It was a priceless apprenticeship, learning to act from Ken Loach. “You’re never really aware of cameras. It’s simple things – Ken never says ‘Action!’ It’s all really gentle and in your own time. He subtly manoeuvres you into your own story. He puts you in these situations and trusts you to make something out of it.”
The result was a hit at Cannes (winning best screenplay for Paul Laverty) and propelled Martin Compston into a new world, which came as a total surprise to him.
“I genuinely thought I’d make the film and that would be it.” It was only when he started getting roles afterwards that he realised this might be a bona fide career. “A lot of this is right time, right place. You can be the best in the world, but if nobody casts you, there’s nothing you can do.”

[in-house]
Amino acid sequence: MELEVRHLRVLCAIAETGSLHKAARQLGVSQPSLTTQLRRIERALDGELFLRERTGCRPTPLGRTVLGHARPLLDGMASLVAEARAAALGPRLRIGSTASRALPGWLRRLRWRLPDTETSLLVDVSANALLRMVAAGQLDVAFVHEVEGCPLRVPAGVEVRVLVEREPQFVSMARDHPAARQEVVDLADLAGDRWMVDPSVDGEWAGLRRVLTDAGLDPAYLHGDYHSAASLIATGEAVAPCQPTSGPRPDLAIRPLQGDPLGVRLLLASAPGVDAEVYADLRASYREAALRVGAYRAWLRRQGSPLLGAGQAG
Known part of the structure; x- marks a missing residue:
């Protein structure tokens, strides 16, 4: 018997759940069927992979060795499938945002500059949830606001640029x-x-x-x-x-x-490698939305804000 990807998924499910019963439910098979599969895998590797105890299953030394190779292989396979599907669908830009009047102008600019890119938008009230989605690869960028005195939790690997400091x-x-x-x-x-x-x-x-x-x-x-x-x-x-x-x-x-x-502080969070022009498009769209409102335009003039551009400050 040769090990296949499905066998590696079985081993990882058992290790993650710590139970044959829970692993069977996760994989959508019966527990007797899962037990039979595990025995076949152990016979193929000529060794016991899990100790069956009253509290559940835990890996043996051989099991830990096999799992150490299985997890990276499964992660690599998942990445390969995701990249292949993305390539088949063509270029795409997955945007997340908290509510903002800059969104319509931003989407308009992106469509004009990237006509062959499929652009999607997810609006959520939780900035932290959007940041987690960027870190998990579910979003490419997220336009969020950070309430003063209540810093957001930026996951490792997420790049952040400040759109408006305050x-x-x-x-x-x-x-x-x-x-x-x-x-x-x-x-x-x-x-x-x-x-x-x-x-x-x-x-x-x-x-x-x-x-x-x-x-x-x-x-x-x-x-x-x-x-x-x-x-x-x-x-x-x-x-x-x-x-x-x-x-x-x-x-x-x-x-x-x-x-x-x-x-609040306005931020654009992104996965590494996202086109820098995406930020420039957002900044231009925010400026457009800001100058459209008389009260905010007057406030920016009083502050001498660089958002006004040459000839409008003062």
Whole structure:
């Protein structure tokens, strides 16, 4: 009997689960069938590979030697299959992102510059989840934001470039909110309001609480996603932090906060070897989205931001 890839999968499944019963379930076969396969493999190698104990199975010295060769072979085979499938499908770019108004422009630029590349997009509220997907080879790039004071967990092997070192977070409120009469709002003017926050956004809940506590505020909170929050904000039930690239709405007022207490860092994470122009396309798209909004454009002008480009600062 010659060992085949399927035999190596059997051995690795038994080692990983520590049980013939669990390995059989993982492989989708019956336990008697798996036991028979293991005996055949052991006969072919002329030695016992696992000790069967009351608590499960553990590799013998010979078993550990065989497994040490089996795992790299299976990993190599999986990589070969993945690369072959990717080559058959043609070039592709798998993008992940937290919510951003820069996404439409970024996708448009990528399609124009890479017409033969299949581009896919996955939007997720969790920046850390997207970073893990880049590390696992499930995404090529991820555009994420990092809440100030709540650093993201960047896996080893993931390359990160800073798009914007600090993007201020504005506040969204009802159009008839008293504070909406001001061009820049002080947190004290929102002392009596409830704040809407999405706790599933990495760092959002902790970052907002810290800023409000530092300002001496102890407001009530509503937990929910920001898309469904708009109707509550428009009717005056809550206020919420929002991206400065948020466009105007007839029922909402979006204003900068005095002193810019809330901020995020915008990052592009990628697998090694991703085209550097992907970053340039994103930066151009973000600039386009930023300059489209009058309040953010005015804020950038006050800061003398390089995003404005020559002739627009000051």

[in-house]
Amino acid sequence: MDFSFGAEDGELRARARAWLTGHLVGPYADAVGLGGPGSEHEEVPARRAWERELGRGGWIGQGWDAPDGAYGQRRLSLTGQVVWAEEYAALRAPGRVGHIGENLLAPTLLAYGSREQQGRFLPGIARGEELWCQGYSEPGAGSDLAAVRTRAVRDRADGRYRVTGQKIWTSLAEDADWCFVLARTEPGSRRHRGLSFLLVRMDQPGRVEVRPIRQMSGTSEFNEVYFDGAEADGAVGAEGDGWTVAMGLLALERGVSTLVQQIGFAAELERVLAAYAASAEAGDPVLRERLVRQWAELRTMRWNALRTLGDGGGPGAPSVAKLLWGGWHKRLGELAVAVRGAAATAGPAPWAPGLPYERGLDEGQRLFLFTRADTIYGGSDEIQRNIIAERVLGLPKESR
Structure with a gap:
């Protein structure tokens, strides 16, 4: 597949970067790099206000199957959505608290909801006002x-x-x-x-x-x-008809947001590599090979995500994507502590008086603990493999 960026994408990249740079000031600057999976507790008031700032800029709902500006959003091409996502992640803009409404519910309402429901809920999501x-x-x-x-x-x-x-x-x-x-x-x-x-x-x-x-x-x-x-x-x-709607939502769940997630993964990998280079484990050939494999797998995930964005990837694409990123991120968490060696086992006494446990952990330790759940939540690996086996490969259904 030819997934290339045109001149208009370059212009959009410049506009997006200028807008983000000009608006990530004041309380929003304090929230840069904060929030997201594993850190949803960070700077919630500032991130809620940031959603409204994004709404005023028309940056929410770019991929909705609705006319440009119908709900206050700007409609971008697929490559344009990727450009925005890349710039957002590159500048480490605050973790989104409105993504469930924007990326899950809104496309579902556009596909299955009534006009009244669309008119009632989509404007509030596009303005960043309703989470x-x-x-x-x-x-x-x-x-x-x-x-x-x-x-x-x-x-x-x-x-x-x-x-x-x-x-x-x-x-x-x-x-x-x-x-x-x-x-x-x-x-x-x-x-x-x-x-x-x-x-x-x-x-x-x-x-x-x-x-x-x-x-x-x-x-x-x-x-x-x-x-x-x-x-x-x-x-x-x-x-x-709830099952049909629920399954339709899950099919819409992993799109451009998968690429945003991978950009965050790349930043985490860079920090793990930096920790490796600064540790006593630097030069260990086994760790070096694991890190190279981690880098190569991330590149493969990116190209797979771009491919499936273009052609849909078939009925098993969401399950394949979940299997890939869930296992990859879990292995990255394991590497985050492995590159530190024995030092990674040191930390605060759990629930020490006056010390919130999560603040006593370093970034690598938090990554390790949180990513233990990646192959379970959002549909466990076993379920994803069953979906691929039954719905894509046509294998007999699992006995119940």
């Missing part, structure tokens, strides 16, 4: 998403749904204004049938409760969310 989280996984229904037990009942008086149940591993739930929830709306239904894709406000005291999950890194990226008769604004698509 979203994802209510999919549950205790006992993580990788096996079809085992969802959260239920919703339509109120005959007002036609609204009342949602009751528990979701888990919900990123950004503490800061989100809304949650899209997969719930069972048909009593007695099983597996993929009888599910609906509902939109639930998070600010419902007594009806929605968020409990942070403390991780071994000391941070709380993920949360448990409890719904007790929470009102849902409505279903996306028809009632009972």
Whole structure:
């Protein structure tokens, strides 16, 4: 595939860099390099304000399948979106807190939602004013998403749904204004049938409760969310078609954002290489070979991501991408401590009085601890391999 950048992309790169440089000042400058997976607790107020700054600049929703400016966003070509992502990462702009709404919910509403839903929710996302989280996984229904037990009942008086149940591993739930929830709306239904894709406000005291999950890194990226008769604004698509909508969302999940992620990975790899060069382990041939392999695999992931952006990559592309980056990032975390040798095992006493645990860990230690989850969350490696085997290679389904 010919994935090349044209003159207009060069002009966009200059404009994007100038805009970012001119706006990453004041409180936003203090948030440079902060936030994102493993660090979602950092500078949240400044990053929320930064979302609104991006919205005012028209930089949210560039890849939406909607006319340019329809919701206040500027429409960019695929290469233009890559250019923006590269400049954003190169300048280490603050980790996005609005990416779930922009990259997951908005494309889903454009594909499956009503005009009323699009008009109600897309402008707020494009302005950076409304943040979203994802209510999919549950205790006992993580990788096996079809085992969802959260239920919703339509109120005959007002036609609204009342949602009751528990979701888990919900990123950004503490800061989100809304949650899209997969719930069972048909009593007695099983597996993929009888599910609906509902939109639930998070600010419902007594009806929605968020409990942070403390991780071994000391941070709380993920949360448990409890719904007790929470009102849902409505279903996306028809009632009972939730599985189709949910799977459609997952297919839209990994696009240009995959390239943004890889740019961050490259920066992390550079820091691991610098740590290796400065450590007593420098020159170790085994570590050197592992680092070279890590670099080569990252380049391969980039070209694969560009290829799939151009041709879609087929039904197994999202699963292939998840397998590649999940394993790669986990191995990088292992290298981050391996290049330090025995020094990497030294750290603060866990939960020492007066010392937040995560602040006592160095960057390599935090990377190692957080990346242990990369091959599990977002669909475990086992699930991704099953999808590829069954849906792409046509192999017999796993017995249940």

He spent three years in the BBC1 drama Monarch of the Glen, where he learnt the more pedestrian skills of TV acting. “That was like grammar school to me: work to your mark, think about camera angles.”
Now, via Line of Duty, he’s arrived at In Plain Sight, an ITV three-parter about some truly gruesome murders that happened in 1950s Lanarkshire. Compston leads the In Plain Sight cast as serial killer, Peter Manuel, in a cat-and-mouse scenario with Douglas Henshall’s detective, William Muncie.
It’s a role that has caused him, not self-doubt exactly, but a lot of questioning: “It’s hard to say these things, but on purely acting terms it’s an amazing part to play, the challenge of getting round it all. But you’ve got to remember that all his victims have families who loved them, who are still alive. It can’t all be him taunting the police, being brazen.